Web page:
The Rate Cut Pause – Defending the RBI Governor!

The monetary policy committee (MPC) in its meeting today decided to take a pause on the rate cut, quite against the market expectation. However, the difficulty faced by the RBI governor during the post-policy press conference to justify a rate pause was evident. After all, growth has fallen to several years’ low of 4.5%, growth projections for FY20 has been cut again from 6.1% to 5%, after being cut from 7% to 6.1% in the last meeting and no sign of pick-up in any of the growth drivers. Yet, the reasoning was very simple. Rates have already been cut by 135 basis points and it takes time for the transmission and rate cut impact to be felt by the economy. After all, you cannot accelerate a recovery by simply increasing the dosage. That it was a unanimous decision makes it more credible. So, what made him so defensive??

The market expectations were primarily based on the fact that second quarter GDP has decline sharply to 4.5% and RBI would do more to fulfil its responsibility. Further, even though, inflation has risen, that too, quite sharply, it is all because of food prices and transient in nature. CPI excluding food & fuel, as per the policy statement, has actually declined further from 4.2% in Sept to 3.4% in Oct.

While the action is logical as stated earlier, its statement that “there is monetary policy space for further action” has, possibly, given voice to the question – why not now?? (Could they have done without inserting this line??). It must be understood that the current phase of growth slowdown is not impeded by monetary policy decisions. This is much like in the rest of the world where despite several rate cuts, huge monetary easing and rates moving into negative territory, economies are not even sputtering, leave alone racing. After all, which company would ever make an investment when the aggregate capacity utilisation has come down from 73.6% to 68.9% in just three months (Seasonally adjusted – down from 74.6% to 69.8%, as stated in the policy statement), whatever may be the level of interest rate.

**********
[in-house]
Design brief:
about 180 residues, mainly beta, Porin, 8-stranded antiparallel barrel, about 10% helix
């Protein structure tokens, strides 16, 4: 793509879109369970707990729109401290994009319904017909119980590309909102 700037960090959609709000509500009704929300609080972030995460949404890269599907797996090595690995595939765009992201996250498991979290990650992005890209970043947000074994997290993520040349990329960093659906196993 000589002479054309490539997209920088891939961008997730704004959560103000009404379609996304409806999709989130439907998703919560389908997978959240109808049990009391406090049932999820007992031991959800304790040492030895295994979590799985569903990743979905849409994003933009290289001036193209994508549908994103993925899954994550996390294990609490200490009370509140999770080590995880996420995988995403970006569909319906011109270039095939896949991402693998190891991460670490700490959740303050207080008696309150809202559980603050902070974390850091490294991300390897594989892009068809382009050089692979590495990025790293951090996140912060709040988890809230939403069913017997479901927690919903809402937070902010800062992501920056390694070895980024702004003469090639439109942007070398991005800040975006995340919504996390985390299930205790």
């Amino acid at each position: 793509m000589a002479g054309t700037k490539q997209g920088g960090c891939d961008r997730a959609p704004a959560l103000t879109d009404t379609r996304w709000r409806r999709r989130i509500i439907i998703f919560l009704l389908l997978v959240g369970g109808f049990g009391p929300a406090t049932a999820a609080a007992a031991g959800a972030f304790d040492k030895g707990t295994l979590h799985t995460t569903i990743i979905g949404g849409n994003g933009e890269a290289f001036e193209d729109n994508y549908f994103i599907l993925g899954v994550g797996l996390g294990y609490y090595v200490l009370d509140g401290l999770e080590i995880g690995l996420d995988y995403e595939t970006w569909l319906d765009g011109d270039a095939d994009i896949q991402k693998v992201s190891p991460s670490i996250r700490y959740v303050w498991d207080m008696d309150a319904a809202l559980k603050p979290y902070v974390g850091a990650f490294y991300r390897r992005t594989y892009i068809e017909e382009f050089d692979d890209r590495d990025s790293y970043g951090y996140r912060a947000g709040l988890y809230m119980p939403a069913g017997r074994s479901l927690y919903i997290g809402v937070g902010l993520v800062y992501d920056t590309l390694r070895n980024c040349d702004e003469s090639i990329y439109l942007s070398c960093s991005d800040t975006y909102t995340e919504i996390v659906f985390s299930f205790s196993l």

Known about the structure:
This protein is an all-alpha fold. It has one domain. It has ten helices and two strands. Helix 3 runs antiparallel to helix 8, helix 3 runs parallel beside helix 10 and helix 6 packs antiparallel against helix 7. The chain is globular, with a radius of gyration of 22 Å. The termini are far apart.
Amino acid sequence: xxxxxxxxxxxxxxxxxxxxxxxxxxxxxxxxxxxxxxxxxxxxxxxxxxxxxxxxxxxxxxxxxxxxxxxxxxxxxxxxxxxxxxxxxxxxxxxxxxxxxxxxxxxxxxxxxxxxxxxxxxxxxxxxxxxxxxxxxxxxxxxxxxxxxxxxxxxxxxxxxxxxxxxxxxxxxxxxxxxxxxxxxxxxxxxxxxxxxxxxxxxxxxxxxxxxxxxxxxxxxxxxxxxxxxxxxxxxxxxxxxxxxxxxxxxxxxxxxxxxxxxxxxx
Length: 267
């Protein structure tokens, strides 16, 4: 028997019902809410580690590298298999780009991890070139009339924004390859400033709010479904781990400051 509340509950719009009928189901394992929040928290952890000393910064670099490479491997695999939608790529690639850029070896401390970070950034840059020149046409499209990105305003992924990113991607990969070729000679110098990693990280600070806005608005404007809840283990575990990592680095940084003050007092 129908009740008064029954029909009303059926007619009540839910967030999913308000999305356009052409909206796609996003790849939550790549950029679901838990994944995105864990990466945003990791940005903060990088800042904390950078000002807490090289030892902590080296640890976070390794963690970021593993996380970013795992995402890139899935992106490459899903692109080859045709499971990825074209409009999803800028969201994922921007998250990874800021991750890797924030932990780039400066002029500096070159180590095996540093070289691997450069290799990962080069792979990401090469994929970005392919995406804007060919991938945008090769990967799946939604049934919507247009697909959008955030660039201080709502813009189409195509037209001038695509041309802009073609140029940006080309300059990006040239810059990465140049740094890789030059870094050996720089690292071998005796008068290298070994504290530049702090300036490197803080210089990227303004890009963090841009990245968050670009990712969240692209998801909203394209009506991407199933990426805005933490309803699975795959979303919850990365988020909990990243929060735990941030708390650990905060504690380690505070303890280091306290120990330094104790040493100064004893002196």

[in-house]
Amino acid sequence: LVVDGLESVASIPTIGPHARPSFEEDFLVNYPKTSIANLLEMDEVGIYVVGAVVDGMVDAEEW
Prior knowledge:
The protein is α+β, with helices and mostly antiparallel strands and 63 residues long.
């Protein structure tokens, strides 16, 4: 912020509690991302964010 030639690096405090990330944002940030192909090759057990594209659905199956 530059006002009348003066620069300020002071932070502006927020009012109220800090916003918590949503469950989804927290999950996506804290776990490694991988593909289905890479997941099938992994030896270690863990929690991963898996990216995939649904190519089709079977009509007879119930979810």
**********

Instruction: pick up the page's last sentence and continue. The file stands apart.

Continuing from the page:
MPC’s decision must also be looked from the perspective of the current liquidity situation in the market. As per the statement, average daily absorption of liquidity under LAF by RBI was Rs 1.99 lakh crore during October which further increased to Rs 2.4 lakh crore in November. This is a far cry from the situation about a year ago with injection of liquidity to the tune of close to Rs 1 lakh crore in Dec’18 and Rs 32,900 crore in Jan’19, which turned to absorption by Rs 27,900 crore in Feb’19, after RBI made its first rate cut in this cycle. The reversal from injection to absorption implies that there are simply no takers for this money even though it has become cheap. (While transmission is certainly an issue, the rate cut at policy level still has an impact on credit off-take if there is a genuine demand). Imagine this money finding its way into the economy, what would be its impact on inflation? (And it would enter through consumption side only and not investment side, considering the current state).

And, that brings us to why the governor was so defensive. The answer possibly lies in a question posed to him during the conference – What was the reaction of the North block to the sharp downward revision of the growth projection?

So, was it a strong disapproval from the North block to the mild-mannered governor just before he entered the conference that made him so defensive?!

 

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